Master's Theses

Date of Award

Spring 1977

Degree Name

Master of Science (MS)

Department

Geosciences

Advisor

Michael E. Nelson

Abstract

The Cheyenne Sandstone is composed of light brown to dark yellowish - orange, medium-to fine-grained, friable, cross-stratified sandstone, and lenses of sandy shale and conglomerate. These rocks crop out as an irregular narrow band about 50 km long around the headwaters of several streams in Barber, Kiowa and Comanche counties, Kansas. The Cheyenne was studied to determine the depositional history of the unit, the significance of fossils found in the sandstone, and the probable source of the detrital minerals. Thin section and sieving analyses, as well as outcrop examinations, suggest the Cheyenne represents deposition in a fluviatile-estuarine complex. The lower medium-to-fine-grained sandstones and conglomerates of the Cheyenne are deposits of southeastward flowing streams. As the early Cretaceous sea transgressed northward, stream gradients decreased and the upper fine silts and muds represent the onset of estuarine conditions. With increasing water depth, the thinly-laminated, marine, black shales of the overlying Kiowa Formation were deposited. Reworking of upper Permian rocks is prevalent at most outcrops and may account for part of the detrital composition and clay mineral assemblage of the Cheyenne fossil terrestrial plant fragments indicate the Cheyenne was deposited in a warm and partially arid climate.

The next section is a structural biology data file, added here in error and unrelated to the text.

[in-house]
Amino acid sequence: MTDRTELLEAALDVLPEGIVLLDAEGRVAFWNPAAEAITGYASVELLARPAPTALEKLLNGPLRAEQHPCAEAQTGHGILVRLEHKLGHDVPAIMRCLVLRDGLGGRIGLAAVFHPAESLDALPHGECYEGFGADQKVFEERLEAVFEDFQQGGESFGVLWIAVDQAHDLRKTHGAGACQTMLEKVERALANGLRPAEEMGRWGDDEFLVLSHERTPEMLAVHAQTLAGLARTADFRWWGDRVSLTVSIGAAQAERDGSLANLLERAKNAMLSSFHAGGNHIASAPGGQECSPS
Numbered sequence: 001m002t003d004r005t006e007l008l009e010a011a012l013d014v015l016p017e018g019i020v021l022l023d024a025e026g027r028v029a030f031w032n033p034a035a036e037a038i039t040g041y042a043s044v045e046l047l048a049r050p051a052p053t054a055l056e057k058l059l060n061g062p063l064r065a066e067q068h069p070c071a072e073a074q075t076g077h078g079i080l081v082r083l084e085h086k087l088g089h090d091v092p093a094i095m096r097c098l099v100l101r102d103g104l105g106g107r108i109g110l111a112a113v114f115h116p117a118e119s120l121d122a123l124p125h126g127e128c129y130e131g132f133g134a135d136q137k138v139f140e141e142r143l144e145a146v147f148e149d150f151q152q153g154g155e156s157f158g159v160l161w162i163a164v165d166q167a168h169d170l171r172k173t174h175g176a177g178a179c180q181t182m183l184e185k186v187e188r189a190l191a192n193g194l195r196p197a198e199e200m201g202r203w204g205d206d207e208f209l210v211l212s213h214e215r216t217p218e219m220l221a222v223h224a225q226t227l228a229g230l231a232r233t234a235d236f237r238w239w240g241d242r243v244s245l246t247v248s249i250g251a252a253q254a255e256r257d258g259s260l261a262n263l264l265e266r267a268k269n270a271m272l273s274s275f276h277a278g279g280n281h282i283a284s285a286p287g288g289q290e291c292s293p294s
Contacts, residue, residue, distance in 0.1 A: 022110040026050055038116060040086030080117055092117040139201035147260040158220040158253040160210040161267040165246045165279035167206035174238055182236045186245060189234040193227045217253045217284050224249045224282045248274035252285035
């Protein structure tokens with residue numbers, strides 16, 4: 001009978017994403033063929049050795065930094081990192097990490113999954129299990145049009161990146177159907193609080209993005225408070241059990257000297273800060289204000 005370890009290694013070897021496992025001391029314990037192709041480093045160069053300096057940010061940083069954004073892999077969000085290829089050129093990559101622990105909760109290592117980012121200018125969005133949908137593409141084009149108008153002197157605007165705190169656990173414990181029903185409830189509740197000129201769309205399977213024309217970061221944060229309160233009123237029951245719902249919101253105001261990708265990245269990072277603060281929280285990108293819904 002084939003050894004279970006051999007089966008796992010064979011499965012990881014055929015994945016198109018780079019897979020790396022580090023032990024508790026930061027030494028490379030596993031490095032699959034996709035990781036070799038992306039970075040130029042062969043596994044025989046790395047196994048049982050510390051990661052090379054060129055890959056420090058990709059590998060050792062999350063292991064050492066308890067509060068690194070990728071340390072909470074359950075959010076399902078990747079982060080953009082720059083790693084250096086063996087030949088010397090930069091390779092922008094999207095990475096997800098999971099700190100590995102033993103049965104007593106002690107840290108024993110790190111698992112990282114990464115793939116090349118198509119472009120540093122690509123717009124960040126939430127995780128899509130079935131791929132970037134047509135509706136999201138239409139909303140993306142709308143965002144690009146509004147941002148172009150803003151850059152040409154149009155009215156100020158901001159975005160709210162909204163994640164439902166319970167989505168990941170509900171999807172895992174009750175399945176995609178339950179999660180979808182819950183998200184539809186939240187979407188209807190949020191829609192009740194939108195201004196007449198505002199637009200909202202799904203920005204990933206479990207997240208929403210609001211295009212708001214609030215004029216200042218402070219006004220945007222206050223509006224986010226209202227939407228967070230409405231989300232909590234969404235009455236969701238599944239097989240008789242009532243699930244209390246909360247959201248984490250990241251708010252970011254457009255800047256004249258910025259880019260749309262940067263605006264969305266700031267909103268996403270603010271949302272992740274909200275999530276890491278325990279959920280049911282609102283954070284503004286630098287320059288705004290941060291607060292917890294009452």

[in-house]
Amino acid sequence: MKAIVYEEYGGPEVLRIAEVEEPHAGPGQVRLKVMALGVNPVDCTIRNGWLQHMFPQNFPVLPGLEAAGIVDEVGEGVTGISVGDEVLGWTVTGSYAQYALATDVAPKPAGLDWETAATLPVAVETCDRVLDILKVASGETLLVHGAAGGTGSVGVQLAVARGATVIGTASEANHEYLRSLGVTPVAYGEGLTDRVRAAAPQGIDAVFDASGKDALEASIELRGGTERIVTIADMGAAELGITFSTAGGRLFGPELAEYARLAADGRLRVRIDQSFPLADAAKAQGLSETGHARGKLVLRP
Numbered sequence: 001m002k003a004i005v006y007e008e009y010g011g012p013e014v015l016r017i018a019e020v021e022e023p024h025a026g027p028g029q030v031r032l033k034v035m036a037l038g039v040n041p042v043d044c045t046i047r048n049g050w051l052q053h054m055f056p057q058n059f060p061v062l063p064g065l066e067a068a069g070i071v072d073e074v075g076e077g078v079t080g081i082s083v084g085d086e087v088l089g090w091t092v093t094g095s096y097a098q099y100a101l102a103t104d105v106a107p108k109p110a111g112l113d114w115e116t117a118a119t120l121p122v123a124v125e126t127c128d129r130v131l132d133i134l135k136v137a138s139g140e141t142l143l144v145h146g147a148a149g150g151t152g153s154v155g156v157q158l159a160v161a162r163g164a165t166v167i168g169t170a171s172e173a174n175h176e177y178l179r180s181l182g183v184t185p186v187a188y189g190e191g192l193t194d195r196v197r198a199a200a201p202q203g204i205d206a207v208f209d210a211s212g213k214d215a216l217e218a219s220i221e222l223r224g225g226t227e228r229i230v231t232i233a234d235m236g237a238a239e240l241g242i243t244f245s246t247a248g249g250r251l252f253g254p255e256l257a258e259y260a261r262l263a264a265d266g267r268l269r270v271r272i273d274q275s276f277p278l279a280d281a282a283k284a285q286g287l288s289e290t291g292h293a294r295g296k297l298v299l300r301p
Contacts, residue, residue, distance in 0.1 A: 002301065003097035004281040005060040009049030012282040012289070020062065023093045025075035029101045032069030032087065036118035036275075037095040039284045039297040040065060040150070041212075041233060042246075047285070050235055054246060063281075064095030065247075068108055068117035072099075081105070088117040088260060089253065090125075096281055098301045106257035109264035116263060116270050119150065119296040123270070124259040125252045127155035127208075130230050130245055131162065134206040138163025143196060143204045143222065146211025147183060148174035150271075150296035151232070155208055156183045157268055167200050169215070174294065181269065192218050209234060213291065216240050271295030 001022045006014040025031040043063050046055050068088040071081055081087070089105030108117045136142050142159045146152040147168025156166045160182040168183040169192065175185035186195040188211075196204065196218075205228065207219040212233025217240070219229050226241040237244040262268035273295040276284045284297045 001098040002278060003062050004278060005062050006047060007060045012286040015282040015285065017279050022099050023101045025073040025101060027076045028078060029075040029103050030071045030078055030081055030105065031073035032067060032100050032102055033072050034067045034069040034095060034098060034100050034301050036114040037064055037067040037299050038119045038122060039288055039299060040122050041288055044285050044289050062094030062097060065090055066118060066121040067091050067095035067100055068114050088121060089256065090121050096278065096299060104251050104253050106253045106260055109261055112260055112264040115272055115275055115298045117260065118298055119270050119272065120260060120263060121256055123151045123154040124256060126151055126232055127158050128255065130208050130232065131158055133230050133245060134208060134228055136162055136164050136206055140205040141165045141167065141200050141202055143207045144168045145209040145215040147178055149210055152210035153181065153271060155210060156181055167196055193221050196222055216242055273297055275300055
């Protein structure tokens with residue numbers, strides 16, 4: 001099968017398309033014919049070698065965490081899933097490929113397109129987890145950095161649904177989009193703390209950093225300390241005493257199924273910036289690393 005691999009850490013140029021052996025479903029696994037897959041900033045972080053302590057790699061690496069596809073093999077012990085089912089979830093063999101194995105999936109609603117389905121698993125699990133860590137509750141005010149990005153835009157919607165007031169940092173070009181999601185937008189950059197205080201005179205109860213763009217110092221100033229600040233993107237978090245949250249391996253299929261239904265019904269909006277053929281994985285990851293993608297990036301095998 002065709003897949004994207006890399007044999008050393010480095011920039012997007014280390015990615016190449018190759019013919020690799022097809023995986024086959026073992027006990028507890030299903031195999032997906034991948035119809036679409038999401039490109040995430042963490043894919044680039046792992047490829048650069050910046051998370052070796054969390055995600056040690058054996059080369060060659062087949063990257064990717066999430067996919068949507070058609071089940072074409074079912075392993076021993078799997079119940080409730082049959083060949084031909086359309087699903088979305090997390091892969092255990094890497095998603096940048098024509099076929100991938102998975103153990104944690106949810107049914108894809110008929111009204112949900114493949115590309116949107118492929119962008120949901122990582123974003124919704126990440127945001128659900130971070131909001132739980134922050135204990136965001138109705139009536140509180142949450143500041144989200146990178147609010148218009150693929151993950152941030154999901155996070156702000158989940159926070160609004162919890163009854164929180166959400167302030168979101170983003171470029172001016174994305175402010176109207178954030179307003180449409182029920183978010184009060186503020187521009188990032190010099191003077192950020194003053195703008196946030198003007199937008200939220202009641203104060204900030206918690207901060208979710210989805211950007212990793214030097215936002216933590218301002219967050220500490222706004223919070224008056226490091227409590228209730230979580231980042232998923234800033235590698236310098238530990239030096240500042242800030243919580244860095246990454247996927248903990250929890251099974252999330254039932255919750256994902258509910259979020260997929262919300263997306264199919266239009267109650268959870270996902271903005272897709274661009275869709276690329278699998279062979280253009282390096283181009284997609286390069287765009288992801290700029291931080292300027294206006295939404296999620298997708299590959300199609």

Rights

Copyright 1977 Roger D. Fisher

Comments

Notice: This material may be protected by copyright law (Title 17 U.S. Code).

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